Pennsylvania counties will have until December 31, 2019, to find new voting machines that keep a paper trail, per a Department of State announcement Thursday.
The mandate comes with $13.5 million in federal funding from Congress’ recently passed budget. However, the state legislature would need to approve the disbursement of any commonwealth dollars to the endeavor.
“We have been planning for some time to bring Pennsylvania’s voting machines up to 21st-century standards of security, auditability and resiliency,” Department of State Secretary Robert Torres said in a statement. “The federal assistance could not come at a more opportune moment.”
The new voting machines must keep some paper record of every voter’s choices, in case the results must be audited due to a hack that changes any ballots.
Gov. Tom Wolf previously announced the changes in February. They come in light of Russia’s widespread electronic malfeasance directed against America’s voting infrastructure during the 2016 election.
So far, however, election officials nationwide do not believe that vote totals were changed.
After a press event Thursday, Wolf said he had not yet reached out to the legislature to make an appropriation, noting the state still could have a role “making sure we’re paying the least amount of cost for these machines.”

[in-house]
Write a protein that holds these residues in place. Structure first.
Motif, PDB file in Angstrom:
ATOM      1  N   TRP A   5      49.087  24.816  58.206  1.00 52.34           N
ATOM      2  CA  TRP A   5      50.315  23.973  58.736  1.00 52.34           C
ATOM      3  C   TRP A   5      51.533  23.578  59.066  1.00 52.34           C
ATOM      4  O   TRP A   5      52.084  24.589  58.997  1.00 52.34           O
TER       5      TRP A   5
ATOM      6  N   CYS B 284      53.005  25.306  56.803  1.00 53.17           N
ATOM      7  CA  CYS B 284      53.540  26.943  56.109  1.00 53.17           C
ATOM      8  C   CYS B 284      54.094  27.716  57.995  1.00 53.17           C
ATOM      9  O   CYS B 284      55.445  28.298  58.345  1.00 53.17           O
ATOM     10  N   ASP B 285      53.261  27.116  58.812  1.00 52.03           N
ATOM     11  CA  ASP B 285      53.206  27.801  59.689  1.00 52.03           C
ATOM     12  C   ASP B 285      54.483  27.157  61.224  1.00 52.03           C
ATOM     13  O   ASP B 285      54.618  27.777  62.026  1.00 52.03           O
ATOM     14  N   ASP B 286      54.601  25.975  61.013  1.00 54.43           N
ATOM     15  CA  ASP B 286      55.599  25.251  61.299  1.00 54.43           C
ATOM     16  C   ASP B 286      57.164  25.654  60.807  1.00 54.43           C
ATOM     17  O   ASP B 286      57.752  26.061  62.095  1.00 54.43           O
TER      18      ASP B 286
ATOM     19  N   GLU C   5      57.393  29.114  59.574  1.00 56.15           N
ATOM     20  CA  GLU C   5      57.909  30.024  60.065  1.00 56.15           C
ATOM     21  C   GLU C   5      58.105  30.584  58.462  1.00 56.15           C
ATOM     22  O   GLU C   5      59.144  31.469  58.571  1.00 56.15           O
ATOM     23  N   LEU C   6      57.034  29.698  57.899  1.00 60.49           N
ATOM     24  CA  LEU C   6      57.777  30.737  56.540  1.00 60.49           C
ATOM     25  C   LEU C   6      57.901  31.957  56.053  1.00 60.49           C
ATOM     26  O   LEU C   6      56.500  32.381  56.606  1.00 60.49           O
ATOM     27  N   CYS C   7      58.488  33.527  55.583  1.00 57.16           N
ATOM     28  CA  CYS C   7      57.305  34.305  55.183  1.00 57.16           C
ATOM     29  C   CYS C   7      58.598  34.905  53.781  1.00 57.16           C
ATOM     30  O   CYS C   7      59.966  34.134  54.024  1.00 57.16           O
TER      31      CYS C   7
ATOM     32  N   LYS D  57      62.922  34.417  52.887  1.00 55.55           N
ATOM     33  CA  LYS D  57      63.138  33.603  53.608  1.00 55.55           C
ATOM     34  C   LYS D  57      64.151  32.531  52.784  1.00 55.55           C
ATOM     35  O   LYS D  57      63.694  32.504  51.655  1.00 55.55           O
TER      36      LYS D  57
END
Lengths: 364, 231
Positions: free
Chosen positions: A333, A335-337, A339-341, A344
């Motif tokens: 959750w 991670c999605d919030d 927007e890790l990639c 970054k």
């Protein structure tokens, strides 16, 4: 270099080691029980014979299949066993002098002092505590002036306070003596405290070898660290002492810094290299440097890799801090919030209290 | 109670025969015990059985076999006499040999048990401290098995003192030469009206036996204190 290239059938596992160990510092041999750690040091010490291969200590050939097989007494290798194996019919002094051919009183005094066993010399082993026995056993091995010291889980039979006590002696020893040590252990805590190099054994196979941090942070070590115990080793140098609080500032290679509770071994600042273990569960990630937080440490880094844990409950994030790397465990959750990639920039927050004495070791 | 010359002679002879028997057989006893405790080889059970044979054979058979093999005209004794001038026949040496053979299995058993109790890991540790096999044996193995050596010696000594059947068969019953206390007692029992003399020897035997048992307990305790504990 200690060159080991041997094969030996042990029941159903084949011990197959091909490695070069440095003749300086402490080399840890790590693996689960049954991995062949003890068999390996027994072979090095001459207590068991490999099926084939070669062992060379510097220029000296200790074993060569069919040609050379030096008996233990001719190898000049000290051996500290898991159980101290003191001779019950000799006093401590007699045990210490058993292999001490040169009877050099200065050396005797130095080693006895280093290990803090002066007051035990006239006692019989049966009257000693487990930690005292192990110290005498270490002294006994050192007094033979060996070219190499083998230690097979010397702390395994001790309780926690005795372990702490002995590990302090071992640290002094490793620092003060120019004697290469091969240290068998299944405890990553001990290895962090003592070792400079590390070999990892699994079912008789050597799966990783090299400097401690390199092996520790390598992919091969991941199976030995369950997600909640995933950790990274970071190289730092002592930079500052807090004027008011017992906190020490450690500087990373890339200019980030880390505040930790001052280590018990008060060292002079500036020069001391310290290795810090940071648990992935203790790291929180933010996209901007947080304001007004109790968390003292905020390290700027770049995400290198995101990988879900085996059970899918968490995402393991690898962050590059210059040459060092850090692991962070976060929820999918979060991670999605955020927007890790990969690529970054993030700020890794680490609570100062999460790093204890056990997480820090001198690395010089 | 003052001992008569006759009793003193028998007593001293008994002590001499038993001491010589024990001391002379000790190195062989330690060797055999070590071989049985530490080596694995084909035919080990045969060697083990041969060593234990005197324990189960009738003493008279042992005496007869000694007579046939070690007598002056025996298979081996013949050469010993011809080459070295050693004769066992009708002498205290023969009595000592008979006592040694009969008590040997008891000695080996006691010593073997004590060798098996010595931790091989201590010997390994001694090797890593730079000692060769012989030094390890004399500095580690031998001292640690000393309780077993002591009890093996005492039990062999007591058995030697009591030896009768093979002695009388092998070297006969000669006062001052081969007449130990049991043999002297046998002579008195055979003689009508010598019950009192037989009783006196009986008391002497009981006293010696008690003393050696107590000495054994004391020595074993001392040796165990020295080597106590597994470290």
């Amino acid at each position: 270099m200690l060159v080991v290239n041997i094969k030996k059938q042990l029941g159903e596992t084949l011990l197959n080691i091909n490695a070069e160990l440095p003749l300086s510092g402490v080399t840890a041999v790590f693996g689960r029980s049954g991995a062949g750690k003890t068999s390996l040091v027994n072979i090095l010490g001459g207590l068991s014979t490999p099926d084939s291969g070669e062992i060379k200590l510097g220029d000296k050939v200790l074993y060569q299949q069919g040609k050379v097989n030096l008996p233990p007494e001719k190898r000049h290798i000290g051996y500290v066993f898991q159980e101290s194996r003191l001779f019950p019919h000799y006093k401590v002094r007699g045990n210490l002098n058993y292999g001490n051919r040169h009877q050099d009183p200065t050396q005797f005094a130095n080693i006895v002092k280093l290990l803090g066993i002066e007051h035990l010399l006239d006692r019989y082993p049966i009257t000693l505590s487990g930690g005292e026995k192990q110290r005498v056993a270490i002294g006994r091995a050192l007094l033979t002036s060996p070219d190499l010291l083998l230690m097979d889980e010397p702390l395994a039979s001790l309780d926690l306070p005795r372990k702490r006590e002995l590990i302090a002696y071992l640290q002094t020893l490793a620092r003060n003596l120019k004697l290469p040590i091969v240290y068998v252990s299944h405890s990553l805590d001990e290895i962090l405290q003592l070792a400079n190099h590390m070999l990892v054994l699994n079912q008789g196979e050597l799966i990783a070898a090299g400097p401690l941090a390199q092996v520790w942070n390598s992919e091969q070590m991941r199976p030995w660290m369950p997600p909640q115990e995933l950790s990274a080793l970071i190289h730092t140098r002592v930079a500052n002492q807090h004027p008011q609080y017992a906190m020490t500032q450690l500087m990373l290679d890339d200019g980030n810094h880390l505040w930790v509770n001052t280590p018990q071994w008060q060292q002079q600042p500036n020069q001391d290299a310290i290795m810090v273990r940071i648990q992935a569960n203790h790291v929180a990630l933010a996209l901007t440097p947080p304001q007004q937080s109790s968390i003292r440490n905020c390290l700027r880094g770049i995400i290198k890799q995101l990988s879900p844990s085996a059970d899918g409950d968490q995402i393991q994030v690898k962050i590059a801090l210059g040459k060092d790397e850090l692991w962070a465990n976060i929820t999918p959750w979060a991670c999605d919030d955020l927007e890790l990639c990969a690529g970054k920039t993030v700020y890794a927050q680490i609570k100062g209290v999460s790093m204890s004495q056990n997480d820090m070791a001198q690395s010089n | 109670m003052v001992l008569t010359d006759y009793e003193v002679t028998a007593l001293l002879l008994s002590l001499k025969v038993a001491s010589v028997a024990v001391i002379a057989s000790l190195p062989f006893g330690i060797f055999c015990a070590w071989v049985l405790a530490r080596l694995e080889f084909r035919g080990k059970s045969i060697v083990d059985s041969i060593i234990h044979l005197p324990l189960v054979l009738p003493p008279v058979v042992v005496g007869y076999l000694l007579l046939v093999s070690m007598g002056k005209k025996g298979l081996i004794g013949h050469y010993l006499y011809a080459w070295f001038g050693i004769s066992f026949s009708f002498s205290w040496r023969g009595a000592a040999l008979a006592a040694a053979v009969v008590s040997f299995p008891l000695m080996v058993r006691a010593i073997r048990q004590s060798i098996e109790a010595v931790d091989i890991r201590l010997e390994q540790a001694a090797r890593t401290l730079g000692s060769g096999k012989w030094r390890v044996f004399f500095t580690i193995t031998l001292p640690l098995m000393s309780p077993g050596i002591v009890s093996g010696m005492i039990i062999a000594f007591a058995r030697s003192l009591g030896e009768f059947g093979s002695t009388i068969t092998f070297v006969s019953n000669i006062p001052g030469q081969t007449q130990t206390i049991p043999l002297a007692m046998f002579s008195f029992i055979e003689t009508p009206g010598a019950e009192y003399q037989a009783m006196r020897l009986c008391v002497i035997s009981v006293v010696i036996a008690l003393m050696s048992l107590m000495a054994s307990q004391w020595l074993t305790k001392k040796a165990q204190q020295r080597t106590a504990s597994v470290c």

The 2019 deadline is only for procurement – not for implementation, according to DOS spokesperson Wanda Murren, to avoid decommissioning voting machines and leaving a municipality without any way to count ballots.
Ideally, the department said, the new machines will be procured and in place by the November 2019 general election.
In a statement, the County Commissioners Association of Pennsylvania’s executive director. Douglas Hill, expressed caution and appreciation for the deadline, focusing on the expected price tag of $125 million to replace every voting machine in the commonwealth.
“With more than a decade of stagnant appropriations across the spectrum of programs counties provide on the commonwealth’s behalf, few counties have resources on hand to meet the expected cost,” Hill said in the statement.
The $13.5 million in federal funds covers a little less than 11 percent of CCAP’s estimated total.
However, the move drew praise from good-government groups such as Common Cause’s Pennsylvania branch, and Keystone Votes, a nonpartisan coalition that hopes to improve Pennsylvania’s voting system.
“The security and integrity of our election system is a nonpartisan issue,” Ray Murphy, state coordinator for Keystone Votes, said. “Nothing is more important in that effort than making sure our counties have the resources they need to upgrade hardware and software.”